There’s one way, though, to kill this fad and make the Millennials run back to their beloved artisan lattes – When McDonalds’ comes up with its own Avocado Burger (which is really just putting guacamole sauce in a Cheeseburger) and charge you $7.50 for it with fries and avocado mayo sauce. Oh wait. It’s already been done before.

In the meantime, I’ll skip the $20 avocado toast and get my avocado fix from Alexandra Fruit Stall ($2.50 avocado shake), thank you very much.

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Nursing home’s Chinese name is blunt and insensitive

From ‘Hougang nursing home needs more sensitive Chinese name’, 29 Apr 16, Voices, Today

(Julia Ng): Recently, I drove past a soon-to-be-completed nursing home by Thye Hua Kwan Moral Society on Hougang Avenue 8, and was dismayed by the Chinese name of the facility.

A prominent signage states the name as THK Nursing Home. Above the English words is its Chinese name, where “Nursing Home” has been translated as “Bing Lao Yuan”. The Chinese character “bing” means illness and “lao” means old. So it literally means a facility for sick, old people.

It conjures up an image of progressing illnesses, frail old age, followed by death, and evokes a sense of gloom and doom, of bleakness and hopelessness. This is definitely unhealthy for a nursing home and disrespectful to our seniors.

Sure, we can call a spade a spade, but when it comes to senior care, there ought to be more sensitivity and empathy. There is really no need to be so blunt and insensitive.

I wonder what the complainant has to say about The Moral Home for the Aged Sick in Bedok. Nursing homes, hospices, old folks’ home, retirement villages, whatever you call them all serve the same purpose, to ‘provide quality care’ to the ‘destitute, frail and aged sick’. In the 1920s, philanthropists like Mr Aw Boon Haw of Haw Par Villa fame set out to help his ‘decrepit‘ countrymen, who were not only aged, but poor and ‘helpless’.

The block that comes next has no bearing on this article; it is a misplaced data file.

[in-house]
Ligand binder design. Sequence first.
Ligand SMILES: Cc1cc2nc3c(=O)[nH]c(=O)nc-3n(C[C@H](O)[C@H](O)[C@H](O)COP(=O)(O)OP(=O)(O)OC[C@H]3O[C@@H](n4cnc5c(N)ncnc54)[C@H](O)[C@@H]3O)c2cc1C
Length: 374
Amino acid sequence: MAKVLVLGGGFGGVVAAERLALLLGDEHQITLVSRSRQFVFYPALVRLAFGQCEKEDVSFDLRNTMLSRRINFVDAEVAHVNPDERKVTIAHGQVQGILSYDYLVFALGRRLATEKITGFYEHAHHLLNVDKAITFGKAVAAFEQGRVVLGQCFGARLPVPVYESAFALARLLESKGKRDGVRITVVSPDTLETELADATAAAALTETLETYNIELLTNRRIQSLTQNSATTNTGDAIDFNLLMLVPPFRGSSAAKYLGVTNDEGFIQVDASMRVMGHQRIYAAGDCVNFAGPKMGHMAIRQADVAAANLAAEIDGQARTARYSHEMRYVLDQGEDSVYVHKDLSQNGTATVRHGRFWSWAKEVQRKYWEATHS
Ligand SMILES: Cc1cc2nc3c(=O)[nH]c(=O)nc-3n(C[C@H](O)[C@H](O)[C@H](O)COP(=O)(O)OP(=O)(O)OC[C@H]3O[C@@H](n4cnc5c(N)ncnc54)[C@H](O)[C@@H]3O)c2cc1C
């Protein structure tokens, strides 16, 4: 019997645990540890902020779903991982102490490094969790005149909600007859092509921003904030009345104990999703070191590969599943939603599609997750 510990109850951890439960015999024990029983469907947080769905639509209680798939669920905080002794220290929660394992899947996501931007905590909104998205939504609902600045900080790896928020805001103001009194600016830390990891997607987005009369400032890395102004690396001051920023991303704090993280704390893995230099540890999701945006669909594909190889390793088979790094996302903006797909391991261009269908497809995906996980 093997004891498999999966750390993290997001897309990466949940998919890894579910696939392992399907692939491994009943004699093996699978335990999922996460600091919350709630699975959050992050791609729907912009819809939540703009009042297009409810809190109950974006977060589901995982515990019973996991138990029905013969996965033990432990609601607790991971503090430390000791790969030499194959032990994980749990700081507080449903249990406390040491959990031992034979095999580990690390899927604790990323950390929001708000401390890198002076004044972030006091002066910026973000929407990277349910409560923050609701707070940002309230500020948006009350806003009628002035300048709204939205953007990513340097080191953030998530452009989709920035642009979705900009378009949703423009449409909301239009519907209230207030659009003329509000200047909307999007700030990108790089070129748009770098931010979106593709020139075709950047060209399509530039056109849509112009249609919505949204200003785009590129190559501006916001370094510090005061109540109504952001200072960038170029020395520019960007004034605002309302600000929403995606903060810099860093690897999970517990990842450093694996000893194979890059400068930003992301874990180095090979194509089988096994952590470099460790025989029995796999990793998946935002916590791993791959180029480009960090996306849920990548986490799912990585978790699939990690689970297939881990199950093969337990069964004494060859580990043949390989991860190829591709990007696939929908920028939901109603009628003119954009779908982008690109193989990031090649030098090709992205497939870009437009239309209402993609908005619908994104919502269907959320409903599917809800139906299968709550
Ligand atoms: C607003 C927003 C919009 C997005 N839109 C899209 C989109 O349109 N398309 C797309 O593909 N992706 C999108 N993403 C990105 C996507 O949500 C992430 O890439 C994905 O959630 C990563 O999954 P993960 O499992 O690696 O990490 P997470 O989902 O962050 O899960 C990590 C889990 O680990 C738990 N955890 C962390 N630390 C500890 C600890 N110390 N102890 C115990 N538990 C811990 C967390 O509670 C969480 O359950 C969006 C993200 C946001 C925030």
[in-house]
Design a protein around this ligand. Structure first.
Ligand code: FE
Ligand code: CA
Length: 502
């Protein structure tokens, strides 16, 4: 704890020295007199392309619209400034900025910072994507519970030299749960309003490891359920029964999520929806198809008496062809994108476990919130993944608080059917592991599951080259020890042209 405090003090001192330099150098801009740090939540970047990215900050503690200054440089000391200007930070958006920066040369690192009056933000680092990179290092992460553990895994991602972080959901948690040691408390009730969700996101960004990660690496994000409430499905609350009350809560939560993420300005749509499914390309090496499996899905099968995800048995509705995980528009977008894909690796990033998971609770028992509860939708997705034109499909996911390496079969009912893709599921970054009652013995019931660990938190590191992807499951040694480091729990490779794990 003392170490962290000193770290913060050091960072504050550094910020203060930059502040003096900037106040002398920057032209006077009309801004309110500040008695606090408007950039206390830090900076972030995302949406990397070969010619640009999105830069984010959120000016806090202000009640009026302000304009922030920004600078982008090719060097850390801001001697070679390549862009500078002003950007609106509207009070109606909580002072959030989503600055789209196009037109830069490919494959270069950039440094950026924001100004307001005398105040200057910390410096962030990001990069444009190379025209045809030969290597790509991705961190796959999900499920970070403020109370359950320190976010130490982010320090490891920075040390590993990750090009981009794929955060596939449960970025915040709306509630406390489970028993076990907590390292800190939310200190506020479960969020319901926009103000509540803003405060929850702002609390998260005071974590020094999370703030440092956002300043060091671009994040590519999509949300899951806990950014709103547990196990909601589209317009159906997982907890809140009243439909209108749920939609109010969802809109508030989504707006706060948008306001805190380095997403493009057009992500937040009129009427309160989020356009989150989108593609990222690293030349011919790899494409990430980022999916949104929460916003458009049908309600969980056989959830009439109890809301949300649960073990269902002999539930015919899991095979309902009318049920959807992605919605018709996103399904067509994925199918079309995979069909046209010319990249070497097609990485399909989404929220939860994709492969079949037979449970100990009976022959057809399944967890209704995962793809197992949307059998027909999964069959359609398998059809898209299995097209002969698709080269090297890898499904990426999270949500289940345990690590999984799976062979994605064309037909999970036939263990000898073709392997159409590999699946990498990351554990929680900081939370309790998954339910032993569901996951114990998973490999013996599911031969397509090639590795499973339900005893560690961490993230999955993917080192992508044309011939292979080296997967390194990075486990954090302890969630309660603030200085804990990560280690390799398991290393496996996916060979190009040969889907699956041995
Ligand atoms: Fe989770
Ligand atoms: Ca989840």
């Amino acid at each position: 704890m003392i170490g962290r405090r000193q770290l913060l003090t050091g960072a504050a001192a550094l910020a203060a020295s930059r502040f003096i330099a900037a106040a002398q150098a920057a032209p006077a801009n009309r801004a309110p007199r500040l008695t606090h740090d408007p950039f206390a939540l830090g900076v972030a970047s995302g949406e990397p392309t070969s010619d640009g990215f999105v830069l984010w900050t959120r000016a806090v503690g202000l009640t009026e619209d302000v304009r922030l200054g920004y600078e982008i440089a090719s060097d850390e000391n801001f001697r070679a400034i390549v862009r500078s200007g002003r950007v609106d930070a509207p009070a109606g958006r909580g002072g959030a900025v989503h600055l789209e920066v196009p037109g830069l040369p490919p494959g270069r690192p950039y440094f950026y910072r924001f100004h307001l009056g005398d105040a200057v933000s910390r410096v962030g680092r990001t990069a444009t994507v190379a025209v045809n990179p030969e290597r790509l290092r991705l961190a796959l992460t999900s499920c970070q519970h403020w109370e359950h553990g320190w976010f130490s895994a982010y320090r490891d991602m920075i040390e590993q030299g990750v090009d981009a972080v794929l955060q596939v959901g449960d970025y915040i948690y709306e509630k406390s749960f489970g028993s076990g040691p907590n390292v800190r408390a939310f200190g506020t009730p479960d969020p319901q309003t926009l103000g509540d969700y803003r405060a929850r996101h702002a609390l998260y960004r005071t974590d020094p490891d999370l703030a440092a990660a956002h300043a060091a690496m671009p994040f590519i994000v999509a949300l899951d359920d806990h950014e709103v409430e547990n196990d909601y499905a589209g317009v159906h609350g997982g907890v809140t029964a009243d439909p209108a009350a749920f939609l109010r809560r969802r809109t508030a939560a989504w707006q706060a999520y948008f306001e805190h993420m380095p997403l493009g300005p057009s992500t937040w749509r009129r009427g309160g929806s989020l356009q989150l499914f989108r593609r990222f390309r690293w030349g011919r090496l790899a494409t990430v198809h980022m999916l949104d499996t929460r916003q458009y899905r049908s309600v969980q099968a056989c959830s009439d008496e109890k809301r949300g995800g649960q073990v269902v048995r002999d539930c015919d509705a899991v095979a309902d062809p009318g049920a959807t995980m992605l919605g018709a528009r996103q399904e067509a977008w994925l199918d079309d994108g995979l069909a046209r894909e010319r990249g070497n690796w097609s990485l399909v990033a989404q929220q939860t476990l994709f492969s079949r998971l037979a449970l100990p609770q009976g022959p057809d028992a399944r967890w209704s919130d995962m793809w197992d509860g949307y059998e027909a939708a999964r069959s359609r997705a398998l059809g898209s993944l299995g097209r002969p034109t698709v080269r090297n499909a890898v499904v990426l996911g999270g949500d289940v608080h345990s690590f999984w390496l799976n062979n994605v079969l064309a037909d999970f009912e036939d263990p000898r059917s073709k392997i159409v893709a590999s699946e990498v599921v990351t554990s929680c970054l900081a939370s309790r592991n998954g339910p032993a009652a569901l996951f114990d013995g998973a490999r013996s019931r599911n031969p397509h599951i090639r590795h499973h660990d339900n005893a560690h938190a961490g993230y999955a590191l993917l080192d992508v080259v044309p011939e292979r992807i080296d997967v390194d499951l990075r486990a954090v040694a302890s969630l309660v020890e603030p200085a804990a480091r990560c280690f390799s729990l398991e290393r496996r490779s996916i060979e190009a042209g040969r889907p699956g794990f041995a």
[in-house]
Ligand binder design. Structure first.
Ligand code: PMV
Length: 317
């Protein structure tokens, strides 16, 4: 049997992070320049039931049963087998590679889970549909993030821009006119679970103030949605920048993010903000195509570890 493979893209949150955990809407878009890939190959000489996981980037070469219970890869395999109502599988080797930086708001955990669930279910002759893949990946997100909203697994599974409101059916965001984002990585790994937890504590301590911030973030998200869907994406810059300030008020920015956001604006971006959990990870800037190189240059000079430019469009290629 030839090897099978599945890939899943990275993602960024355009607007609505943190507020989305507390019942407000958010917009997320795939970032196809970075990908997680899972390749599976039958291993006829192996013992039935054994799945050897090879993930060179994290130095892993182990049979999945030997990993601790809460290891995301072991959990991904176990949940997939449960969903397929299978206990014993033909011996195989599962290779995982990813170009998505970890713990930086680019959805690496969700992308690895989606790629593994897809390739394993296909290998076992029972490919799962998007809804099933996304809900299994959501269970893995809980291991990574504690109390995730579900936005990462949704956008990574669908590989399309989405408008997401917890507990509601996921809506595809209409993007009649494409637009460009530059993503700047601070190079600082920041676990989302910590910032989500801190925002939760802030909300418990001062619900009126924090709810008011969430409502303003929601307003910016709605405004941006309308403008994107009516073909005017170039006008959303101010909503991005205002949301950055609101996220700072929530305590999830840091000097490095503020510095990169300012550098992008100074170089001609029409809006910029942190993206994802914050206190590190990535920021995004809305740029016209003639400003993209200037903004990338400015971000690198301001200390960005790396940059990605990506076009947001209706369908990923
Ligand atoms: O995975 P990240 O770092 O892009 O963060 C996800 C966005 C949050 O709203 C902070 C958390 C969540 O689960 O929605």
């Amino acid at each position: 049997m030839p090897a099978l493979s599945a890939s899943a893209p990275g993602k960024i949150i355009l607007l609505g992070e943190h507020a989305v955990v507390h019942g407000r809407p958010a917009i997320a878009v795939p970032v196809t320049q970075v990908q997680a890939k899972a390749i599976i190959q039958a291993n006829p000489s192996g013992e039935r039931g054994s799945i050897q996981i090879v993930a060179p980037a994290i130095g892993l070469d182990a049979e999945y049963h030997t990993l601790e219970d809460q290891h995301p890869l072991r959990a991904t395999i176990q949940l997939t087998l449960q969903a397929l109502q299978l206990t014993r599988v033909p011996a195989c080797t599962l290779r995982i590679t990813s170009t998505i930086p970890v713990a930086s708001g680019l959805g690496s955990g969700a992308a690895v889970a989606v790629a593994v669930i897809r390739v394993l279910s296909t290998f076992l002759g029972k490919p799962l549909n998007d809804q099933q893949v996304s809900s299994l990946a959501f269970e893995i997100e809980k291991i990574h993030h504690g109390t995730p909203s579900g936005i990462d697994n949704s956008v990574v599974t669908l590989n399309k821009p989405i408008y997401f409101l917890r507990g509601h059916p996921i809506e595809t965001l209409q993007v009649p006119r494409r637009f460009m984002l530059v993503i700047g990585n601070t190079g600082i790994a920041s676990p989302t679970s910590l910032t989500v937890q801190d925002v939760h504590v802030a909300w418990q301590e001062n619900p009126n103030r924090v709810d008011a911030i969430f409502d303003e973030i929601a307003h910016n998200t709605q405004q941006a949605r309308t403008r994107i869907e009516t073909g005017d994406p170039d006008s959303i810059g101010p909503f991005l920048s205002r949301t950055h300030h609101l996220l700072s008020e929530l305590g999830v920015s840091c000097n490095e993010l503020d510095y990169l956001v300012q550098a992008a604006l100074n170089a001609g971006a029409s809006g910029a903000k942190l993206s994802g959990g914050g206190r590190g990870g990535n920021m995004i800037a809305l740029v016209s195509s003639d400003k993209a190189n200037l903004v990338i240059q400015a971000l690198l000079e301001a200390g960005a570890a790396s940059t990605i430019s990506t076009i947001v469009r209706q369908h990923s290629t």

Today, call nursing home places where old, sick people go to die and you may get accused for not just ‘disrespecting’ our seniors, but labelled an ‘ageist’ as well. We have a pioneer generation, active seniors contributing to a ‘silver economy’. They are now our beloved elders, no longer the unmentionable ‘old folks’. If you’ve run out of ideas for hospice names, look in a geography textbook.

An example of a politically correct nursing home brand is Orange Valley, which aspires to be a ‘partner in ageing’ to your ‘senior needs’. Unlike a ‘moral home’, Orange Valley sounds like perfect place to  ‘ride off into the sunset’, like the end of a cowboy movie. Then there’s Bright Hill Evergreen Home (though these days the word ‘evergreen’ itself may still be spat upon with contempt by some seniors). Its Chinese name ‘Guang Ming Shan Xiu Shen Yuan’, translates as ‘Bright Hill Centre for Healing/Convalescence’. What next? Spring Oasis? Green Savannah? Silver Meadows? Stretch the euphemisms further and we risk mistaking hospices for condos. You wheel yourself in expecting a welcome cocktail and a garden of earthly delights but get a catheter shoved brutally down your nose instead.